Summary: This is a sermon for the Day of Pentecost urging Christians to join together in heart and mind by faith in Christ to transform the world.

A Great Conspiracy

Sermon on Acts 2:1-21

Pentecost Sunday-Year B

June 4, 2006

Rev. J. Curtis Goforth, O.S.L.

“And suddenly from heaven there came a sound

like the rush of a violent wind, and it filled the

entire house where they were sitting.”

-Acts of the Apostles 2:2

In the past few months, you may have noticed, there has been a lot of hoopla over a number of books on the subject of religion. During Holy Week National Geographic published a book entitled The Gospel of Judas which claimed that the disciple who is most noted for betraying Jesus was actually not a bad guy, but a good guy. The central idea behind the publication of this “lost gospel” which was actually written in the fifth century A.D. was that there has been a great conspiracy in covering up the truth by the Church. The Church has conspired to hide the real facts in an effort to keep their vision of the Church dominant over the true vision that Jesus had for the Church.

But, I believe the fanfare over The Gospel of Judas has largely subsided. However, there is another book that has even been made into a movie with Tom Hanks in it called The DaVinci Code. You have doubtless heard about it. This book has been a best-seller for years now. But I want to remind you that this book is a work of fiction, that is, by its very nature it is not about history or faith, but about telling a fictitious story and selling as many copies as possible. The central claim of this novel is that there has been yet another conspiracy by the Church to cover up the real facts about Jesus’ vision for the early Church. Dan Brown, the writer, asserts that Jesus’ original teachings revealed that goddess worship was central to the teachings of Jesus and that he chose Mary Magdalene (not only as his bride) but as the person to be in charge of the Church after his death, not Peter—another great conspiracy.

I am not one to judge a book by its cover, and I am also not one who believes that Christians should boycott movies that have alternative views to that of the Church or burn books that have conflicting viewpoints to the Church’s in them. I believe that it is our duty to be well-informed of what is being said about us by the world, not to ignore or defame that which is not just like us and our ways of life.

I read The DaVinci Code, and it is a really good story, it was such a page-turner that I read it in the course of just one day. But there are countless glaring historical errors in it, not to mention the religious elements it gets wrong. Everybody loves a good conspiracy though. The story really pulls you in and it feels like you are one of the characters, running around Europe trying to evade people who want you dead for the fantastic knowledge you have that there is a great conspiracy that will show that everything the world has always thought is wrong! The plot can really leave you breathless.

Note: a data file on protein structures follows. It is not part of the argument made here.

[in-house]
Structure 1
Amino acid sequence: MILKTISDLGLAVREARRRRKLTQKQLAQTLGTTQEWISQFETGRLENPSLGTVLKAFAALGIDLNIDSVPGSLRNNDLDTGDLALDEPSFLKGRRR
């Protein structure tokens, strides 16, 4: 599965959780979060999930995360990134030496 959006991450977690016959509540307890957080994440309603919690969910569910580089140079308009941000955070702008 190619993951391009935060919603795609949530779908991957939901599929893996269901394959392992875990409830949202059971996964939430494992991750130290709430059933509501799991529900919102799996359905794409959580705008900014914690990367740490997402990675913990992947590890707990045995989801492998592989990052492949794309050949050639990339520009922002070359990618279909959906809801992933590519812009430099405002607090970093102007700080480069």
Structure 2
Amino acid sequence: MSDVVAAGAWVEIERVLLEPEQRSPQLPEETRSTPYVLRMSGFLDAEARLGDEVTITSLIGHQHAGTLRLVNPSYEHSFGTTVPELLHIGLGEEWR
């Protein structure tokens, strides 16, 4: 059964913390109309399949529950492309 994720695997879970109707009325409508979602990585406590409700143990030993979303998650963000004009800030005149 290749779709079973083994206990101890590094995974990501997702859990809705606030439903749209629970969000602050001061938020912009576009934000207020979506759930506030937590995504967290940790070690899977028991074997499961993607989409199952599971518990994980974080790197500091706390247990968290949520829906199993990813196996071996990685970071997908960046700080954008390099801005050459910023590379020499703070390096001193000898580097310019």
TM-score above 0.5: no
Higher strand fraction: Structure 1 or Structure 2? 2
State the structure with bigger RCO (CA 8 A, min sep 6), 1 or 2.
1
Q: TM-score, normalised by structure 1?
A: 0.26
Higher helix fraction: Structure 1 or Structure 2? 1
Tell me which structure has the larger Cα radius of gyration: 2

I want you to do something with me this morning. I want you to breathe out and force all the air out of your lungs. Now take a deep breath in and let it out again. You may think that you have just engaged in a simple exercise of controlled breathing, but you have just launched a conspiracy. Literally, the word conspiracy means “to breathe together.” You can even hear the word Spirit in conspiracy, can’t you?

In the second chapter of the book of Acts that we heard this morning, Luke tells us the story of Pentecost, the festival day we celebrate that brings to a close the season of Easter in the Church’s calendar, where we celebrate the gift of the Holy Spirit. If you remember back to our readings last week, they told of Christ’s ascension. Before he “ascended into heaven and sitteth at the right hand of God the Father Almighty” as the creed speaks, Jesus left his disciples with the charge to stay in Jerusalem until they were clothed with power from on high. Today, during Pentecost, the early Church received those glorious and powerful garments, what we might call, the gift of the Holy Spirit.

This was quite a scene according to Luke, they were all in a room, a gathering not much larger than we are here today, when a great breath from God filled the room. Both the Hebrew and Greek words that mean “wind” can equally be translated as “breath, wind, or spirit.” And, when this happened the room was on fire with this strange, new power. The followers of Jesus began speaking in languages they didn’t know, but all the people who had gathered to see what was going on heard the good news in their own language.

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